Hashtag Abuse

Hashtag Abuse

  • Hashtags are supposed to be helpful for topic search and are generally used for branding.
  • It remains a challenging task to make people abide by the rules of ‘hashtags’.
  • If hashtags were used properly, it would save considerable time when searching for specific things. 

What are hashtags? What are they used for? How useful are they really? Why are they being abused? Like me, these questions may have crossed your mind many, many times, so let’s first describe what hashtags are.

Hashtags are the words, pictures, or phrases found on social networks that are prefixed with the symbol #. Adding a hashtag helps to group those words, pictures, or phrases together so those interested in a particular topic or discussion can easily search them later. Another way to look at it is that you are “branding” or “tagging” certain words, phrases, or pictures , which then allows others to quickly search for the hashtag and find the collection of messages that includes it. This can be helpful when you are searching online for a particular topic that is of interest to you or when you are looking for other people that share similar interests to you. Many social networking services like Twitter, Facebook, Google+, Flickr, Tumblr, and Instagram—just to name a few—use this form of tagging.

Sounds simple and useful, right? Well, it can be a double-edged sword. Giving those pictures and words a hashtag is supposed to group those pictures and words, giving them a “label” that is searchable. Unfortunately, it is all unmoderated and uncontrolled. In so many cases, hashtags are used poorly to the point where they get lost and lose all the meaning with it. When, for example, social network users in Kuwait, and the surrounding region want to look for a specific event in Kuwait, they can simply search the words #KuwaitEvents on twitter and instagram. But you will be shocked to see the search results for this hashtag because you will be directed to numerous pictures of different food items in restaurants, cafes, shopping finds, quotes, business offers, and many other unrelated topics! Try #Kuwait on Instagram and you will be directed to millions of unrelated pictures! Someone who wants to check the hashtag #Kuwait probably wants to know more about the country and see pictures of Kuwait, Kuwaiti lifestyle, museums, monuments, people, or information about the country … not pictures of coffee cups, designer shoes, or unrelated love quotes, with loads of selfies (self-portraits taken with a camera phone and uploaded to social network sites). It is even worse when you try searching hashtags of big company names or specific CSR campaigns—so many unrelated search results, which defeats the whole purpose!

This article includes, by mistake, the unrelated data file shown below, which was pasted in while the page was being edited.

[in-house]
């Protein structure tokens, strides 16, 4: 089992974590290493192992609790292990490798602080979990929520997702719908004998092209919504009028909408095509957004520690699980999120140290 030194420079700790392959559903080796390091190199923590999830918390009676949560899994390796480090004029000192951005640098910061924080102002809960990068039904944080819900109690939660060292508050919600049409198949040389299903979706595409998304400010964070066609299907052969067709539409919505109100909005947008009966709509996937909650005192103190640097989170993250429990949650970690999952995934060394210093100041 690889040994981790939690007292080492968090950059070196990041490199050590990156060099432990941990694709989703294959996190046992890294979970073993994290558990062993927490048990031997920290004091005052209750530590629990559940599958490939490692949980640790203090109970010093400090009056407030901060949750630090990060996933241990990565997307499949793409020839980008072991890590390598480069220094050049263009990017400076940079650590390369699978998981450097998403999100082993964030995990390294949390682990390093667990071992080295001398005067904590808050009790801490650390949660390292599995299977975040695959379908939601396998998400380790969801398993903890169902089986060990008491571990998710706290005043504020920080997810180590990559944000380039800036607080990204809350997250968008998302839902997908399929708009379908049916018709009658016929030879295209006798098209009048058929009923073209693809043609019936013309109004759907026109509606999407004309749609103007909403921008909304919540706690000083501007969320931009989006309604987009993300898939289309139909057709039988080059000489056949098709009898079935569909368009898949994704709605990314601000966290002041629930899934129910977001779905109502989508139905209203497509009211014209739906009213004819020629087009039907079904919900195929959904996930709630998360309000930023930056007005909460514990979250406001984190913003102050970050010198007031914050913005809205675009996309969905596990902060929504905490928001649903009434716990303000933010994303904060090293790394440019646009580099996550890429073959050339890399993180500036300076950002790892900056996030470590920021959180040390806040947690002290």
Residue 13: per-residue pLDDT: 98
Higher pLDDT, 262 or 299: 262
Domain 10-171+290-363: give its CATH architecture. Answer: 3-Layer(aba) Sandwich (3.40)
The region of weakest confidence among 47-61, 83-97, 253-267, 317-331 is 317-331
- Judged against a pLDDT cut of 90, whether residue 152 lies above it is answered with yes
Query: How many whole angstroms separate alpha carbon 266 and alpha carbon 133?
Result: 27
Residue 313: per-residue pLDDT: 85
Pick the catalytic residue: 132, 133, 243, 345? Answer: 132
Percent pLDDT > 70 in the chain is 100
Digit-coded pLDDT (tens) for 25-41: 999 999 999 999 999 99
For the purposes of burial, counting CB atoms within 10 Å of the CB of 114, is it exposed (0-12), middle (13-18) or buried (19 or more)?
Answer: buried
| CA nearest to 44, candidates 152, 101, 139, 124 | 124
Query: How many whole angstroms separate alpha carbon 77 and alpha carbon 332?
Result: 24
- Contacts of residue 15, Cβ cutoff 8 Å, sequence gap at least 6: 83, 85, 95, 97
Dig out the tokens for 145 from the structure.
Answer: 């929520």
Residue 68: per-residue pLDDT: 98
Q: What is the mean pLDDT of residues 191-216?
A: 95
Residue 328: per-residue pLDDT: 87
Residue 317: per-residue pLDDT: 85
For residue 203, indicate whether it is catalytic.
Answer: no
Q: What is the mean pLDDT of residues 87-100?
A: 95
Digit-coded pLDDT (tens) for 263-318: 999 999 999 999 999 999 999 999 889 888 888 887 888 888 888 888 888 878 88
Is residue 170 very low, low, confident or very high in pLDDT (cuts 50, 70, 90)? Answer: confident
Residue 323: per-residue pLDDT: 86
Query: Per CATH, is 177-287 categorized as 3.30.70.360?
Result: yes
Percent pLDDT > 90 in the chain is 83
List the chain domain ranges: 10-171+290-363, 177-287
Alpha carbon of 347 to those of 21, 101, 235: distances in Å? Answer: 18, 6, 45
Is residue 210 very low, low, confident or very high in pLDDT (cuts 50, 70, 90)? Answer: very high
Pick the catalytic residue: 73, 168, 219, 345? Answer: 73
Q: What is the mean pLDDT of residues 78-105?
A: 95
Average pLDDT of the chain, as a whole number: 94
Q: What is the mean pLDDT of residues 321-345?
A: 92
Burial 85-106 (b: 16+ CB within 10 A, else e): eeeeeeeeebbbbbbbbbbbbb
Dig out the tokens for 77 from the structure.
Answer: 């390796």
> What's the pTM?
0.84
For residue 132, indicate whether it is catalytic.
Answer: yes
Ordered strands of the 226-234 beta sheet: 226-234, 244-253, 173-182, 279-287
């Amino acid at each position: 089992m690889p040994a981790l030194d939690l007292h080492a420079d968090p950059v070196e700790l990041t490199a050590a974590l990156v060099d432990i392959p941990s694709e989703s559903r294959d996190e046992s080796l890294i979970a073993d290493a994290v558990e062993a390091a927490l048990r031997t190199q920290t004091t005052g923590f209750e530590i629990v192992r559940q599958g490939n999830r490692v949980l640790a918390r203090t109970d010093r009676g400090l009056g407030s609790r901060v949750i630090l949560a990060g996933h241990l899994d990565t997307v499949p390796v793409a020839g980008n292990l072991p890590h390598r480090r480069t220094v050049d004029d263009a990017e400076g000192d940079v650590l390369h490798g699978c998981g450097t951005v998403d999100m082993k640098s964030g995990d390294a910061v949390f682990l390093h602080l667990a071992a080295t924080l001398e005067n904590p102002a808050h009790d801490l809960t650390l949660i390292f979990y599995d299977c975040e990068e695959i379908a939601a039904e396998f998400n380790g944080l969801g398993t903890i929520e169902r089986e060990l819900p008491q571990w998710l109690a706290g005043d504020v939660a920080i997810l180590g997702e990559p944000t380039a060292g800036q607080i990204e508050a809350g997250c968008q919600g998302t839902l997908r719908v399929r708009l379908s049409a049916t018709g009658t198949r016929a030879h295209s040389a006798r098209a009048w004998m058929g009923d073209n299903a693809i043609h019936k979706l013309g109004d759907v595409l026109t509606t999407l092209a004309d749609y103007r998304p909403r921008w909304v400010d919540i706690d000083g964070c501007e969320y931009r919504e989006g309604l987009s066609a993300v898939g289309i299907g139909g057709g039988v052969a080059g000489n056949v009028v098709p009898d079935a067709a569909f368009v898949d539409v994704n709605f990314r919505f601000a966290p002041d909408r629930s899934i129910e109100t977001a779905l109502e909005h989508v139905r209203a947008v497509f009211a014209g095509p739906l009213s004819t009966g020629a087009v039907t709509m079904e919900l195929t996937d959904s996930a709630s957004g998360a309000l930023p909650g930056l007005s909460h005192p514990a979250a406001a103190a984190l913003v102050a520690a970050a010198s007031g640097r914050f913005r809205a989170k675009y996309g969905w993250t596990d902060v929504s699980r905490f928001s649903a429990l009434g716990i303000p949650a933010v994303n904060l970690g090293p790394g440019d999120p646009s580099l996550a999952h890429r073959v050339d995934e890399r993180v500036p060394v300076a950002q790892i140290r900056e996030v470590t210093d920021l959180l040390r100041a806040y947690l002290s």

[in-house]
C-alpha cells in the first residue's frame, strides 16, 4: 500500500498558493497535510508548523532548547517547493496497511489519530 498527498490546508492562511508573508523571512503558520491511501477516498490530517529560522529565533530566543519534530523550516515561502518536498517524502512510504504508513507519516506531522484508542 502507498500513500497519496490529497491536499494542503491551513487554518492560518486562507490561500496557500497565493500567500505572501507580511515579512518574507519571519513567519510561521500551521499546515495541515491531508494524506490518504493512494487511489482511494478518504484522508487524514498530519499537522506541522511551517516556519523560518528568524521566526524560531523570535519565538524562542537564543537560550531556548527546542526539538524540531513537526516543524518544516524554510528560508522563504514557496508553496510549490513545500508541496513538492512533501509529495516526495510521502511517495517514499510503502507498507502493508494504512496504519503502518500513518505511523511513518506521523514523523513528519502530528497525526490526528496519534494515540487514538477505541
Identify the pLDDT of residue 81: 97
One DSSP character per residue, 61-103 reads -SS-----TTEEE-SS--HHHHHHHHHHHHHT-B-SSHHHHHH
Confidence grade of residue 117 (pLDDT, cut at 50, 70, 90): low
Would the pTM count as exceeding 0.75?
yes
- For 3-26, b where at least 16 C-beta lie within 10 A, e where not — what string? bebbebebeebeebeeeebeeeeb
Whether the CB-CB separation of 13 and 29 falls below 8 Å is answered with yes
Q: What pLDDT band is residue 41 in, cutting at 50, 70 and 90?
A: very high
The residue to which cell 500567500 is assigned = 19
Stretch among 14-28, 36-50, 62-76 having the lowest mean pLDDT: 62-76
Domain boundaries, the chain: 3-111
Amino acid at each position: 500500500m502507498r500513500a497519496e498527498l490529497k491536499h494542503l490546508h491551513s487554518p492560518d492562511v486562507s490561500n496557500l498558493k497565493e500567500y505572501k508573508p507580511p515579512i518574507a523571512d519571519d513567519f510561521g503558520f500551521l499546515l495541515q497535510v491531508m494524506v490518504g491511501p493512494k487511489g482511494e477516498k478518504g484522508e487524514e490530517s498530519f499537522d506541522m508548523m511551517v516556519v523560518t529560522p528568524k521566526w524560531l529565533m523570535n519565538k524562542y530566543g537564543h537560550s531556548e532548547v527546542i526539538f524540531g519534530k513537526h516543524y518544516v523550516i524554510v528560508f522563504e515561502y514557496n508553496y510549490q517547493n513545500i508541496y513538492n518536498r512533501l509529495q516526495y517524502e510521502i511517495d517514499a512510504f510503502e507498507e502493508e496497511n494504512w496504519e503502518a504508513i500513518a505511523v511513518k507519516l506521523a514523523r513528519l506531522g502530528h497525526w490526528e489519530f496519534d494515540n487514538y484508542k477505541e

In short, before diving into the hashtag trend, we need to be sure we know the real purpose of—and how to use—hashtags. We need to know that tagging pictures and words is basically done to help classify and group topics of interest together so that others that share a similar interest or curiosity in those topics can easily find them later when searching a particular hashtag. If done properly, when you search for a specific topic or discussion you should be directed to relevant search results and not have to endure the misery of sifting through millions of pieces of unrelated information.

The article is written by Ansam I. AlRadwan for Arab Business Review

To read more thought-leadership stuff by leaders from Arab Region, please visit Arab Business Review

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